Nothing is too silly or too basic to be on your list – as long as you enjoy it! Just make sure you make it a habit to include something small to look forward to every single day. This should help you to realise that there is something other than work in your life, and stop you from driving yourself to exhaustion.
4. Make a physical activity routine
Nothing helps you to recharge your energy more than a physical activity that you enjoy! Ok, if you workout multiple days a week or you’re already running marathons, skip this section! But we know researchers and the pace of academic life very well and from own experience there’s not much physical activity built into a researchers’ average work day. In our work as scientists we use our brain capacity much more than our physical capacity!
Our work mostly involves sitting – in front of computer screens, in meetings, while marking student exams, reading papers and may be a bit of standing while delivering lectures or doing lab-work! The closest the average academic comes to physical activity is walking to the canteen for lunch breaks and back again (you’re not taking the elevator, are you?). We all know about the health benefits of physical activity, so that’s nothing we have to describe here. But maybe this can help to get you going: research on high-performance workers suggests that our brain capacity improves as our physical well-being gets better, or in plain words: those that are physically strong have also more will-power and better mental capacity (see Loehr & Schwartz 2001, Schwartz & McCarthy 2014, Buchard 2017). A good researcher is a strong researcher! Convinced?
Schedule physical activities:
So if you want to improve your energy levels long-term, go for at least two sessions of physical activity a week. Don’t make it difficult, do what you like best, or pick an activity you always wanted to learn and get going. Universities often offer amazing opportunities on campus – so lift a few weights or join a team alongside your students and colleagues! If you’re not there yet, make a commitment to implement regular physical activity with our free worksheet “How to boost my energy”!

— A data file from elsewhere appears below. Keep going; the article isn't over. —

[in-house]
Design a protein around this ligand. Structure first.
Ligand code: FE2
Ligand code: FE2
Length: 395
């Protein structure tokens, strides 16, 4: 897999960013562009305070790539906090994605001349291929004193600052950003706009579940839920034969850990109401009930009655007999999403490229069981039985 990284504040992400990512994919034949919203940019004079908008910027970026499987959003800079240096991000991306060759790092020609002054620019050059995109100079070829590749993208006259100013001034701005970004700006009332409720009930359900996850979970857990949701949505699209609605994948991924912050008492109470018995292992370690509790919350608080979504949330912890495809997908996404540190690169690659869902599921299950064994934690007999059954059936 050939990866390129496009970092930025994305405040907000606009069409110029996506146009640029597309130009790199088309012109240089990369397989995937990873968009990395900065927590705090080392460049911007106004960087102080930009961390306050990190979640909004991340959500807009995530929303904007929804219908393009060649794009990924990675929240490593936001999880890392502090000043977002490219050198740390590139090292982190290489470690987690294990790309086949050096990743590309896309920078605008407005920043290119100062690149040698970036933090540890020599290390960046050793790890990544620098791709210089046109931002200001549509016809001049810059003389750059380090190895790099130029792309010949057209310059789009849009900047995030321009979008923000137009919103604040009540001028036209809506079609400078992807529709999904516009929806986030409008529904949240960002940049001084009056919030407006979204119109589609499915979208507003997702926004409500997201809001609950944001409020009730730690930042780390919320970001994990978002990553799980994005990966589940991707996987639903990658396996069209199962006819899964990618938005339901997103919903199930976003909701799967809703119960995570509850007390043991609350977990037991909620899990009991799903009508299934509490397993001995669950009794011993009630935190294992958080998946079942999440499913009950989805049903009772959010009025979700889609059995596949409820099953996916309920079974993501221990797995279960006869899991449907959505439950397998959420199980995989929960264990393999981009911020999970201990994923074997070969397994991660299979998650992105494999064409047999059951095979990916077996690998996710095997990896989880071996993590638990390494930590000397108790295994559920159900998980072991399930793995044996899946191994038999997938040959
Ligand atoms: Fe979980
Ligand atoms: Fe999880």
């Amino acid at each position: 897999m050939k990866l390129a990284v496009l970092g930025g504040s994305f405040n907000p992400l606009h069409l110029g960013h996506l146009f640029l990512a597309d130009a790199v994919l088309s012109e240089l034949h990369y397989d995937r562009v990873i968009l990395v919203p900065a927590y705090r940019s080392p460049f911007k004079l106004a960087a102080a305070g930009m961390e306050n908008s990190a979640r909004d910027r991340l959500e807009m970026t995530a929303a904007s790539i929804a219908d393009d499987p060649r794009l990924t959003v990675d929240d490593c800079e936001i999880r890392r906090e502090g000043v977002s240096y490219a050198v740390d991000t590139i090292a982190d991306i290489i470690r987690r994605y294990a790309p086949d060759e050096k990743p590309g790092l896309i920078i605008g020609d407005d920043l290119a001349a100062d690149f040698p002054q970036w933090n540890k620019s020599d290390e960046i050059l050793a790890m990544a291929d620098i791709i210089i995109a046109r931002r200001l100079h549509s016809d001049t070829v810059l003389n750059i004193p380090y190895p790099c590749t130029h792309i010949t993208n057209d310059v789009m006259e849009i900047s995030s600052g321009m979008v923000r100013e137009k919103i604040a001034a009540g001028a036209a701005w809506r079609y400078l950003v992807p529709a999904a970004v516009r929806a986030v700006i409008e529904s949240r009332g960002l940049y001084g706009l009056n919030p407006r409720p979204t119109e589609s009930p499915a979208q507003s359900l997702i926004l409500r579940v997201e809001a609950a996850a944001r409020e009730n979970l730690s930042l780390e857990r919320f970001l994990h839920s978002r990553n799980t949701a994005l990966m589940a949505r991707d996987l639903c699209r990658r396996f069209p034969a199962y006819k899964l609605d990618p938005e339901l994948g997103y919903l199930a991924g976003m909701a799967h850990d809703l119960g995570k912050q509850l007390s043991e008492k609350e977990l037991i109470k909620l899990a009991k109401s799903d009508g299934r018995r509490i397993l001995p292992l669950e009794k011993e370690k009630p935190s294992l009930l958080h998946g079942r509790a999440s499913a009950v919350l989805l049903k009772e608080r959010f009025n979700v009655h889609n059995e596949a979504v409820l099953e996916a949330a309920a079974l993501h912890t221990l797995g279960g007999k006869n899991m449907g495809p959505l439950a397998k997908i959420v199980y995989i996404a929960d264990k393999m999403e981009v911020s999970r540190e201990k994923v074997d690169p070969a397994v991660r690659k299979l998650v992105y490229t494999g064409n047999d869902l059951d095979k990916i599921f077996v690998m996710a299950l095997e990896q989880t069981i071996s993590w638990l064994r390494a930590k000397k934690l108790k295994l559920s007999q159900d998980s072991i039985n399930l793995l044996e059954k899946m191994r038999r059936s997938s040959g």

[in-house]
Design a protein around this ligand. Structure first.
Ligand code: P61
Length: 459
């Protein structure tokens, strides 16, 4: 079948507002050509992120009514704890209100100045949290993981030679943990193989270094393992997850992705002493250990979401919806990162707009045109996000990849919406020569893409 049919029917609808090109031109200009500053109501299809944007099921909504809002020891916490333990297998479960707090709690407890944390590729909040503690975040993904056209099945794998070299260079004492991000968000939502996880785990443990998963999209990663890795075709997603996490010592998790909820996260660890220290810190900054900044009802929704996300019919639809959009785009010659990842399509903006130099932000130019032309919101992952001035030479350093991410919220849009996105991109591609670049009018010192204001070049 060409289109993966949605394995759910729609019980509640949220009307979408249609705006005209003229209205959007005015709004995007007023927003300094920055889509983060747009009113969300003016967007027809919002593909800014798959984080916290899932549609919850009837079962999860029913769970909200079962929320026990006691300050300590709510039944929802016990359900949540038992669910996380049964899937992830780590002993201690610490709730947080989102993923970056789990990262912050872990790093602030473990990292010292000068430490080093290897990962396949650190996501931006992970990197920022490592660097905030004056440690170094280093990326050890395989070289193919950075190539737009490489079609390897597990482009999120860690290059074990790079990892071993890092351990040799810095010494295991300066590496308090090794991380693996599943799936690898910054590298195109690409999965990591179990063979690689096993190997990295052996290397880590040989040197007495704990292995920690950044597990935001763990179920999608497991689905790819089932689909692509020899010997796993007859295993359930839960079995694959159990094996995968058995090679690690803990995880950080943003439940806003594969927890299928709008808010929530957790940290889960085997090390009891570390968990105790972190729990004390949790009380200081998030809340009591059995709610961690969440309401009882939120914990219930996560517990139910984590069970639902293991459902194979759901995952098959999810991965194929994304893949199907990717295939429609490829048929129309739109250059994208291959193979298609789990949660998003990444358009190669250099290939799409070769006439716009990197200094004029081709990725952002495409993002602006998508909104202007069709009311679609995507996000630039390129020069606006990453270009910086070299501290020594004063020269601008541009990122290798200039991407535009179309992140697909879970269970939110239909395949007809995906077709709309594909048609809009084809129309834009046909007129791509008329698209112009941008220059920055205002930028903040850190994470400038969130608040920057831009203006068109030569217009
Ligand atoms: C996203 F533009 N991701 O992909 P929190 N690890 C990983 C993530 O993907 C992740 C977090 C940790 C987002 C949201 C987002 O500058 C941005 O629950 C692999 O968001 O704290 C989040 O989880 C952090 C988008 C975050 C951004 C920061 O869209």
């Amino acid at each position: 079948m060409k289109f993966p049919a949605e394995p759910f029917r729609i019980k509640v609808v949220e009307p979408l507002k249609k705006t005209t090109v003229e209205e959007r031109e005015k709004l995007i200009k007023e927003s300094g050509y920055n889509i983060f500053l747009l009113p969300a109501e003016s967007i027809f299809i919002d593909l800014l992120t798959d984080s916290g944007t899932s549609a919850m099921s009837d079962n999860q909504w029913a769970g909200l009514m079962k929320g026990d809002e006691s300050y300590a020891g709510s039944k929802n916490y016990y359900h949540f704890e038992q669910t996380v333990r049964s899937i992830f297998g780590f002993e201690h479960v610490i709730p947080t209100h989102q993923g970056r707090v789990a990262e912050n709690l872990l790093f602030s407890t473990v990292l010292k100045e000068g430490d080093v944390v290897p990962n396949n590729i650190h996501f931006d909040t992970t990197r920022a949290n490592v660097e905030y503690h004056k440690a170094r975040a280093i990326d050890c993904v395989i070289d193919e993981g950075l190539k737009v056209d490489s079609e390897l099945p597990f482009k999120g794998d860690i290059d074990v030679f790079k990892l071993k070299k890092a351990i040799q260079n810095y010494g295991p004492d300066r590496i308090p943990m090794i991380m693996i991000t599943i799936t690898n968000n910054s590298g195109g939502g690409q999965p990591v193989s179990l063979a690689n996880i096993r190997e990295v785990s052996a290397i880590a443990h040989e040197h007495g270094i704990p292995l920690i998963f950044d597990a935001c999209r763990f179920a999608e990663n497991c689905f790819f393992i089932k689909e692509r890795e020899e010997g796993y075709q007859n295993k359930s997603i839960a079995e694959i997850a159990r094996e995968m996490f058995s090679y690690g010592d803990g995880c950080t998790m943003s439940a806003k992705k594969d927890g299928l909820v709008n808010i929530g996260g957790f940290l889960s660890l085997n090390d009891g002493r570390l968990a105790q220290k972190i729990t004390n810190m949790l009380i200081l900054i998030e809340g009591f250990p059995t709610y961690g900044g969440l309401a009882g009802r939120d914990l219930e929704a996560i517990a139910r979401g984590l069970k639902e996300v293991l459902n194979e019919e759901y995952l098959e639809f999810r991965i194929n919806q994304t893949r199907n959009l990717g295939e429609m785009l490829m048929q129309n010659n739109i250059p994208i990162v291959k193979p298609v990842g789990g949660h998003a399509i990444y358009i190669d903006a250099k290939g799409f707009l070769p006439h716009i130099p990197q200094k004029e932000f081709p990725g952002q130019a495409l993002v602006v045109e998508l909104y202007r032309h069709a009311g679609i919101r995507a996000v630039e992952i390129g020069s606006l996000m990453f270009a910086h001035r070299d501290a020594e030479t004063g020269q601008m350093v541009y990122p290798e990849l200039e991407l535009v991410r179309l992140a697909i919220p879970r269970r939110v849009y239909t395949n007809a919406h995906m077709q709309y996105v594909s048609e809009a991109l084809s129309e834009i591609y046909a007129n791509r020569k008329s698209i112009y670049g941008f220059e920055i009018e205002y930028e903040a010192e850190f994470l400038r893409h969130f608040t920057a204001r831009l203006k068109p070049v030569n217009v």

Pick opportunities to ‘move’:
Apart from that, make it a habit to ‘move’ whenever possible. Bike to work instead of boarding an overloaded bus, or walk back home even it it’s a longer distance! We’ve also banned ourselves from using elevators or escalators – it’s great fun to dash up the stairs and be quicker than the person on the escalator next to you!
5. Plan your holidays!
One of the first things we do at the start of a new year is plan our holidays! Sounds crazy? Not at all! If we didn’t do that all the potential weeks would be eaten up by teaching courses and 500 other tasks we have to do for the business! We would have no time to spend together, or to travel as a family! You should plan your holidays with your partner or family first thing in the new year and then schedule everything else around it!